OPINION: As Prime Minister Malcolm Turnbull turns to the task of governing Australia he faces a devilishly difficult line up of interests and lobby groups to implement even his very modest “economic plan”.

Some policies split the traditional supporters of the Coalition, while others will put the government at odds with key Senate cross benchers.

The first challenge will be to deliver his signature small business tax cuts. These were to be paid for by the crackdown on superannuation for the rich. This pits the Coalition’s small business constituency represented by Peter Strong and the Council of Small Business of Australia against the very powerful Financial Services Council.

The Financial Services Council’s 125 members have A$2.5 trillion funds under management and control the third largest pool of managed funds in the world.

The Financial Services Council was enormously influential under the last Coalition government, convincing the Coalition to stick with policies to water down the regulation of financial advisers in the face of a public backlash. As a disproportionate amount of the funds under management comes from the super rich targeted by Turnbull’s reforms, the financial services sector will be pulling out all the stops to protect its piece of the pie.

The proposed introduction of an “effects test” to strengthen the abuse of market power laws will also pit key Coalition constituencies against one another.

The Australian Competition and Consumer Commission teamed up with the former Minister for Small Business Bruce Billson to bring in the measures in an effort to reduce how much the big players can bully smaller businesses. The Business Council of Australia got the proposals scuttled, but they may live to regret it.

The National Party, at the behest of the National Farmers' Federation got the issue put back on the table as part of the deal for supporting Turnbull’s leadership. However, the National Farmers Federation proposal goes much further and (in some drafts) amounts to the re-introduction of protection for key farming sectors. The measures are particularly targeted at protecting farmers from Coles and Woolworths, so Turnbull is also set to have the Australian National Retail Association beating down his door.

The challenge of the effects test for Turnbull runs particularly deep because for many in the wider business community it runs to a point of principle. If Turnbull is seen as backing protectionism over competition it will shred his economic credentials. However with the National Party on the march and a Senate cross bench that will back their protectionist instincts, Turnbull may find the Senate churns out legislation he would never have dreamed of.

The other key elements of Turnbull’s economic plan are also set to put him at odds with the Senate cross bench. One of their key commitments was to sign the World Trade Organisation agreement that requires free trade principles to be applied to government procurement. This sets up the government for a head on collision with the Nick Xenophon team who expressly campaigned on increasing the use of government procurement to support local manufacturing and jobs.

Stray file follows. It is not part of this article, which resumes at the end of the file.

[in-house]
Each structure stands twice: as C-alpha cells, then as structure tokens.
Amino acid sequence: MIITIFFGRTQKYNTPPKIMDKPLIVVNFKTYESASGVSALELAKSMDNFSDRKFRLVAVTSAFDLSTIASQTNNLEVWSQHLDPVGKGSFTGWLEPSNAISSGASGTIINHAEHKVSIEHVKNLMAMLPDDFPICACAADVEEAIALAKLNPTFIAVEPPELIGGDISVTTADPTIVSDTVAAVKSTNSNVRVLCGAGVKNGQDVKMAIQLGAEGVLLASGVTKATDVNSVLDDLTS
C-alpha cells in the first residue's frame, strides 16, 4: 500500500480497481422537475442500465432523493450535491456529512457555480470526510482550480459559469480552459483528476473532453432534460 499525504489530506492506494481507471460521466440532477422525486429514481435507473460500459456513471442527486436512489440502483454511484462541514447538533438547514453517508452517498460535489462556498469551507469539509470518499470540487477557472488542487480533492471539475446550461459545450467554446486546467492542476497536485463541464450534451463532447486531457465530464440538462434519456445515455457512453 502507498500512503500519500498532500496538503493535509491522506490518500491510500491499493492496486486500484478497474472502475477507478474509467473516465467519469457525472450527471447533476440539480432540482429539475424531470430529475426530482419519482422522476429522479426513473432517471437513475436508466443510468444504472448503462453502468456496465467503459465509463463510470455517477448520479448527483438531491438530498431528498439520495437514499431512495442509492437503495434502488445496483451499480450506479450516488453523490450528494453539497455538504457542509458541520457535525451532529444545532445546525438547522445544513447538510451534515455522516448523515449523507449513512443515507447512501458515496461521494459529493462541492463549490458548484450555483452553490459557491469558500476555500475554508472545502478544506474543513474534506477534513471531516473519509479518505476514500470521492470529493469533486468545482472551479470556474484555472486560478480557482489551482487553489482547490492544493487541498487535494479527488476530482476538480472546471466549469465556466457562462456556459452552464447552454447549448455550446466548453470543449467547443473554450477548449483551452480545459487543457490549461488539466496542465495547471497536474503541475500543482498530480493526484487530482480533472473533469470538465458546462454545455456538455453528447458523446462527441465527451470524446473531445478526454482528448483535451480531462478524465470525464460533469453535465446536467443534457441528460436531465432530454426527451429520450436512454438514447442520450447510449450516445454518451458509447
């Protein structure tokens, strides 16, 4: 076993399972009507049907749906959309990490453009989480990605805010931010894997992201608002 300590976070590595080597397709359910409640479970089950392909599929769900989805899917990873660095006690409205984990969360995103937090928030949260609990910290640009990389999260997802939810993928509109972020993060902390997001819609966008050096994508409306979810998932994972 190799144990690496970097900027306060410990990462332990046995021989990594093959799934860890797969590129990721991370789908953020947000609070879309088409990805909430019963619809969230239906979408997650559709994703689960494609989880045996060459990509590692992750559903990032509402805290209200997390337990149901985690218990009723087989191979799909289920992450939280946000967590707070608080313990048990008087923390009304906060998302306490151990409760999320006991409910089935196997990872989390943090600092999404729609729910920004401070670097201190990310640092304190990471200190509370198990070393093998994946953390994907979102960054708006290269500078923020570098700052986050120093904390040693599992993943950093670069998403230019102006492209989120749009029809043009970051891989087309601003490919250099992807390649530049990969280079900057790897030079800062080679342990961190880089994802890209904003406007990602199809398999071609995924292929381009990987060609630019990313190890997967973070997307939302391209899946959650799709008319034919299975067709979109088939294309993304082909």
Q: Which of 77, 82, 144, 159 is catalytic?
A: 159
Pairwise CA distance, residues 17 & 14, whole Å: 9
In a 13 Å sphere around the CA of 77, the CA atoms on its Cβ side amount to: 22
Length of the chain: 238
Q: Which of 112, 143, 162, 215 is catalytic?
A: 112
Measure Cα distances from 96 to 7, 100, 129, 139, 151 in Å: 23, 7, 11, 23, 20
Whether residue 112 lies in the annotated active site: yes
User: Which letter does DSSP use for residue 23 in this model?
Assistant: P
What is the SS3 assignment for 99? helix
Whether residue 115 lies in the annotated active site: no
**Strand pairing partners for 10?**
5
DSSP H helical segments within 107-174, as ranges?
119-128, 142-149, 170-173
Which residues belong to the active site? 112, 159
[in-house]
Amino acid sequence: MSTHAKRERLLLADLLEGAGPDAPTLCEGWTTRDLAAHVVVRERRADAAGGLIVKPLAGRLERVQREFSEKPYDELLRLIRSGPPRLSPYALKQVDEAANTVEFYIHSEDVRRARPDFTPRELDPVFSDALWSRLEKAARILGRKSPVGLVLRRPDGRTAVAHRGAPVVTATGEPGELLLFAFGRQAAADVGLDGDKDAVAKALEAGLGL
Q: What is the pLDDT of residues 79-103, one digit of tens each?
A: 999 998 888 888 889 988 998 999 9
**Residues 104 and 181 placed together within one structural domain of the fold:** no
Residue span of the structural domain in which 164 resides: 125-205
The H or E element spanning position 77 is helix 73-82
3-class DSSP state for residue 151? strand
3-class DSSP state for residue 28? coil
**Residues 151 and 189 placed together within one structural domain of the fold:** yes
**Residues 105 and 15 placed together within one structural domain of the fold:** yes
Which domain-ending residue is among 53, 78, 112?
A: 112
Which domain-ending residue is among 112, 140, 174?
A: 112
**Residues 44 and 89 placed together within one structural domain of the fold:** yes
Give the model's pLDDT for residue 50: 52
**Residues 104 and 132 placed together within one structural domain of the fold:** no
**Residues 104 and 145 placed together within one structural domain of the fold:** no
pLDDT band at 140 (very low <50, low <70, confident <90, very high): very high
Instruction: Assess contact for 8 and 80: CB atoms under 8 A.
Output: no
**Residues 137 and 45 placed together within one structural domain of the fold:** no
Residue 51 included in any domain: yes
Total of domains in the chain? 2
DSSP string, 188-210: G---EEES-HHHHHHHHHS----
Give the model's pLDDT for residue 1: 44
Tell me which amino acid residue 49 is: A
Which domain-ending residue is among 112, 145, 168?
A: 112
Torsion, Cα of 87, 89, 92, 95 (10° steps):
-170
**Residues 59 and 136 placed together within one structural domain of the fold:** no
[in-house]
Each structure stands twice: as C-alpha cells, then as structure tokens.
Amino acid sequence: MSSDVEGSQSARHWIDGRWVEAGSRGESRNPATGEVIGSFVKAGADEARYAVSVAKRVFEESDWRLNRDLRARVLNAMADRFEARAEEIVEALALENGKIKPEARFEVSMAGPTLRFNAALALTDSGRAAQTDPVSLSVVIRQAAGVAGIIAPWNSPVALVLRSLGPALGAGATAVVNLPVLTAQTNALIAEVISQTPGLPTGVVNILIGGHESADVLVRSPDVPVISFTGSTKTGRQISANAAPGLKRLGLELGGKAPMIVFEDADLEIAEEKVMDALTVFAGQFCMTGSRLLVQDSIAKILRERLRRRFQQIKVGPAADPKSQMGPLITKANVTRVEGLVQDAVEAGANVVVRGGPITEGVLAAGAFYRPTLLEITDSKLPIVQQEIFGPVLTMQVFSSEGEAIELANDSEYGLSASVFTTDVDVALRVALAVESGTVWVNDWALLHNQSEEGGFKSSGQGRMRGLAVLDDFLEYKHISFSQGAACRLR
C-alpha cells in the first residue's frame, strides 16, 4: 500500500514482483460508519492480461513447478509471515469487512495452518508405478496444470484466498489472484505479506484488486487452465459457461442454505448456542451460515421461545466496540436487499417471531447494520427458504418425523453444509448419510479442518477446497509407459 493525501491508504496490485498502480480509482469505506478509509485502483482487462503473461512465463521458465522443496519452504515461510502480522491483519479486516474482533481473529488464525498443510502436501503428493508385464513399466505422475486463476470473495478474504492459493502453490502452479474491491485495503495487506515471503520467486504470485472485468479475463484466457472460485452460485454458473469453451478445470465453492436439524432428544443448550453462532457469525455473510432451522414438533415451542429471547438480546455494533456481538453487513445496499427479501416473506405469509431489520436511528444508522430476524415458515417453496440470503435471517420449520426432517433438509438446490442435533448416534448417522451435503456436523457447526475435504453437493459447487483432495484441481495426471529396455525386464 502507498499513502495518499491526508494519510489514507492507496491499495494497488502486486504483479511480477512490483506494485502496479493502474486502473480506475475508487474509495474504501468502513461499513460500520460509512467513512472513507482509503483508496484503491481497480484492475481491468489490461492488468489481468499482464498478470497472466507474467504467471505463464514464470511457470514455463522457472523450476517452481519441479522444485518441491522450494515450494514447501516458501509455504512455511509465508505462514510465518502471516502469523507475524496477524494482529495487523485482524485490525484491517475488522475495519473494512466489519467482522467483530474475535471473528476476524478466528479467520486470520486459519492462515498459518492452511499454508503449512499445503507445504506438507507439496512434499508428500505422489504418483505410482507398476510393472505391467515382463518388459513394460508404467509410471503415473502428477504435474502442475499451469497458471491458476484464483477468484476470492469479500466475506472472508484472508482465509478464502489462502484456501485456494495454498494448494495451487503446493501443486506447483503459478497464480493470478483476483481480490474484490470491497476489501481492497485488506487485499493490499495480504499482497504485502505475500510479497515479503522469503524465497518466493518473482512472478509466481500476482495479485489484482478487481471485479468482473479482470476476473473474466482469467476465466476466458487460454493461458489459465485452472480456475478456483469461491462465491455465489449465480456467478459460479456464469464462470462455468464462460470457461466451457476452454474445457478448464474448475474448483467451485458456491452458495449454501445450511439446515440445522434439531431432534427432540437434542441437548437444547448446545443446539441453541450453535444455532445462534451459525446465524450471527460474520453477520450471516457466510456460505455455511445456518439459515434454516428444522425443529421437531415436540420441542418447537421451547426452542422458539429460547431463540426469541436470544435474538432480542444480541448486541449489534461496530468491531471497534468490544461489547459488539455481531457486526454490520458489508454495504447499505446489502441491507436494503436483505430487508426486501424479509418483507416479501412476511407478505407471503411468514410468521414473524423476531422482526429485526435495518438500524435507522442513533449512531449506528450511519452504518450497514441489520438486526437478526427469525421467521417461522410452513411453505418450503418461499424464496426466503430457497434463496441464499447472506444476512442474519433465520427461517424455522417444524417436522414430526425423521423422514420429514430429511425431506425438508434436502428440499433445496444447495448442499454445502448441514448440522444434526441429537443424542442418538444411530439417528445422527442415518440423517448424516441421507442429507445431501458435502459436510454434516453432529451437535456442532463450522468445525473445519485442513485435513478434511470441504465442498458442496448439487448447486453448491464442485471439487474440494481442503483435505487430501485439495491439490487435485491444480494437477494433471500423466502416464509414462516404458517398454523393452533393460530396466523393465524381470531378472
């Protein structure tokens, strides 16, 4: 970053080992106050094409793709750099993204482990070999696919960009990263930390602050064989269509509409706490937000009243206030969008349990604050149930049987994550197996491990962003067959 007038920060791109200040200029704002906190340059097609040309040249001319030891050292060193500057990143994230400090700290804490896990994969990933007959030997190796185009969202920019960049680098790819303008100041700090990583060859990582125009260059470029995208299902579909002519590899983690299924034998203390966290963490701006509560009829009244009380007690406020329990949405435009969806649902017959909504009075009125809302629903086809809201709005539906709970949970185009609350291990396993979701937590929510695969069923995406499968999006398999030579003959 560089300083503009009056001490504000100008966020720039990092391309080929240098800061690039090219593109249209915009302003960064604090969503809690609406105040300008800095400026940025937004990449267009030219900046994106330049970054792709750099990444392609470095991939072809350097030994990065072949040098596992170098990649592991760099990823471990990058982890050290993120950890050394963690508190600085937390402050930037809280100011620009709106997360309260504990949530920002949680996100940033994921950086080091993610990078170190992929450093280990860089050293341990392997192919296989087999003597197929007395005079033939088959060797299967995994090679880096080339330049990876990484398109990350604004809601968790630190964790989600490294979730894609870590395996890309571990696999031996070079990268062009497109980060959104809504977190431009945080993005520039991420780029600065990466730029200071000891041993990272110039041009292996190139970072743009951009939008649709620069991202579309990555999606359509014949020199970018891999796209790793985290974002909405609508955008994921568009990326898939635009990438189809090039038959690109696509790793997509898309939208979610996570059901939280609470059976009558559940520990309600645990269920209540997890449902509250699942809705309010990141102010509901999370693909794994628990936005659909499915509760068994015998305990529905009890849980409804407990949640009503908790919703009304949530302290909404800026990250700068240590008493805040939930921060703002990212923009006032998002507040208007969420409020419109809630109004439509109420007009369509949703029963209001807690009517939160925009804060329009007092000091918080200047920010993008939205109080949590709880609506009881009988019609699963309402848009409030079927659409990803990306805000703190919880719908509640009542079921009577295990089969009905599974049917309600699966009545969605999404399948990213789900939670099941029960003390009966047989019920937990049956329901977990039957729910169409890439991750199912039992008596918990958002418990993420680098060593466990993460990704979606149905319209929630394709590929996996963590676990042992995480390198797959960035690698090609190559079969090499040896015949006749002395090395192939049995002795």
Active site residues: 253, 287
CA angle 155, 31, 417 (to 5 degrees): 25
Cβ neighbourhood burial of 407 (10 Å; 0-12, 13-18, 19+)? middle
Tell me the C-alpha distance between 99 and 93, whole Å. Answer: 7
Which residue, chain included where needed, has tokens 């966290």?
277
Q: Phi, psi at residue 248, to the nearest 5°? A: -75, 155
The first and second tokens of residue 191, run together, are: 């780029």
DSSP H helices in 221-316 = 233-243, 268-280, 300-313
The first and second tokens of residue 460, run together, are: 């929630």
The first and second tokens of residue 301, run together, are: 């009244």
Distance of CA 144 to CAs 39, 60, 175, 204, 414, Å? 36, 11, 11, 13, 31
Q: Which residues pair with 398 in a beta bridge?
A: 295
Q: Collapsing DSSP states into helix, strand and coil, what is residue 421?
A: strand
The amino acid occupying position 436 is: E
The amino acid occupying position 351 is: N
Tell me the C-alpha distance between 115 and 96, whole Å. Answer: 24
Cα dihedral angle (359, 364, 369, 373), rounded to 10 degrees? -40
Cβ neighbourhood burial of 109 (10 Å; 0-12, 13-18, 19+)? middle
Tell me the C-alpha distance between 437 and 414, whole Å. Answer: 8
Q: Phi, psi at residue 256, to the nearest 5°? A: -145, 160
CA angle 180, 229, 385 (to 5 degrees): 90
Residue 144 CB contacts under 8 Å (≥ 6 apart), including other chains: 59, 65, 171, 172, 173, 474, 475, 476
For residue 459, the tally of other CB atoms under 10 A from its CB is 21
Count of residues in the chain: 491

The interests that will be mobilised by the government procurement issue will be many and varied, but two of the biggest will be the defence industries and the big pharmaceutical companies.

Government procurement is the lifeblood of Australia’s defence industries, and not just in South Australia. However the big pharmaceutical companies have long been campaigning to change the way the Australian government purchases medicines through the Pharmaceutical Benefits Scheme.

The government’s other key economic policies were about signing onto the Korea, Japan and China free trade agreements. These agreements expand the opportunities for Australia’s major service companies in banking, financial services, law, telecommunications and IT to operate in these countries. As a result, they have the backing of the Business Council of Australia and many big players like the Financial Services Council.

However, they come at the cost of cheaper imports undermining manufacturing jobs in Australia’s blue collar industries. The agreements risk pitting the government against both the far right and the far left of the Senate cross bench. If the agreements echo the labour mobility clauses of the China-Australia Free Trade agreement, we can also expect to see the Australian Council of Trade Unions supporting the cross bench.

Malcolm Turnbull centred his election campaign on economics in part to side step the divisions between liberals and conservatives in his party on social issues. However, on closer inspection the party is just as divided and up against it on their economic agenda.

Turnbull called the election in the hope of breaking a policy deadlock within his party. The election result has served to demonstrate how deep and profound the divisions are.

Lindy Edwards is a senior lecturer in politics, UNSW.

This opinion piece was first published in The Conversation.